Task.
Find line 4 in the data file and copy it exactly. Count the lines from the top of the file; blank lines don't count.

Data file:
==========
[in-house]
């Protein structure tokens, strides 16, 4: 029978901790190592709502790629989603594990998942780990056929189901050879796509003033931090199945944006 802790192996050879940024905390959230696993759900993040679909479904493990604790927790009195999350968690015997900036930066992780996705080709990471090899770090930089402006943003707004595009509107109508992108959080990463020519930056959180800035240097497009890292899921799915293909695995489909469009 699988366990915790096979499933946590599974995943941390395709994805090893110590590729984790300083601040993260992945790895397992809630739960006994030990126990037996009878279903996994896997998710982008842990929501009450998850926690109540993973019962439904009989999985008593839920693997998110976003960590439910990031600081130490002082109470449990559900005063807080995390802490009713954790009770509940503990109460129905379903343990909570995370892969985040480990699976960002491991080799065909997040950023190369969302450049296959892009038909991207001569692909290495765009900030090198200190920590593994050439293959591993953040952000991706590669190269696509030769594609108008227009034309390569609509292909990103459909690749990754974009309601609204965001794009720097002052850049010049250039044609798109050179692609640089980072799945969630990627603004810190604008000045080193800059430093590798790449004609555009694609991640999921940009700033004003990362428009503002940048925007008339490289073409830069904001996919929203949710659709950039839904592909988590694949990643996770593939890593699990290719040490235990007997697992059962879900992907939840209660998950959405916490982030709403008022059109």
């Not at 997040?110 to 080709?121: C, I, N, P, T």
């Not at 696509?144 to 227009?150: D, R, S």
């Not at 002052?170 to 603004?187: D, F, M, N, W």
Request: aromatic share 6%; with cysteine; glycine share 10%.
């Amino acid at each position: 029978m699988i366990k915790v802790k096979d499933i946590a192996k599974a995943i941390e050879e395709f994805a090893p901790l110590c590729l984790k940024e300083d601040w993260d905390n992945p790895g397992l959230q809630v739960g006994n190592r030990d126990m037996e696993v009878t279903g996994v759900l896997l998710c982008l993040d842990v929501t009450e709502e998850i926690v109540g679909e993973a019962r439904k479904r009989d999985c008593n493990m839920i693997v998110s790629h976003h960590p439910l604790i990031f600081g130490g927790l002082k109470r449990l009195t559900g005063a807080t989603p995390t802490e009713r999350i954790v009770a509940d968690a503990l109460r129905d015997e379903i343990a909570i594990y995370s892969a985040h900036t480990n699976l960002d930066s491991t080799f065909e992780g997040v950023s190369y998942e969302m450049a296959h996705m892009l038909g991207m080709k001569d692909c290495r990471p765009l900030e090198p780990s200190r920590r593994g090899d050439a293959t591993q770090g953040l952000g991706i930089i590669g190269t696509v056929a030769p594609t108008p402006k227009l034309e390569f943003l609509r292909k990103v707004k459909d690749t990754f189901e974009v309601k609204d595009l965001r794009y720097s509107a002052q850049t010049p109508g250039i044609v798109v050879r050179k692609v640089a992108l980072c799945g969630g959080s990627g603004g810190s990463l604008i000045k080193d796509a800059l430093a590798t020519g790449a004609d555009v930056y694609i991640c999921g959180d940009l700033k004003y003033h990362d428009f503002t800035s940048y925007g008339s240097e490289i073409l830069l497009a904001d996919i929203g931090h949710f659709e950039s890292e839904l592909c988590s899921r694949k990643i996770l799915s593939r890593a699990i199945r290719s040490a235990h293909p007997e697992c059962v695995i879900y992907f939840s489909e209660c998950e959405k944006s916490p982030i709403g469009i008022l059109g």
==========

């Not at 696509?144 to 227009?150: D, R, S």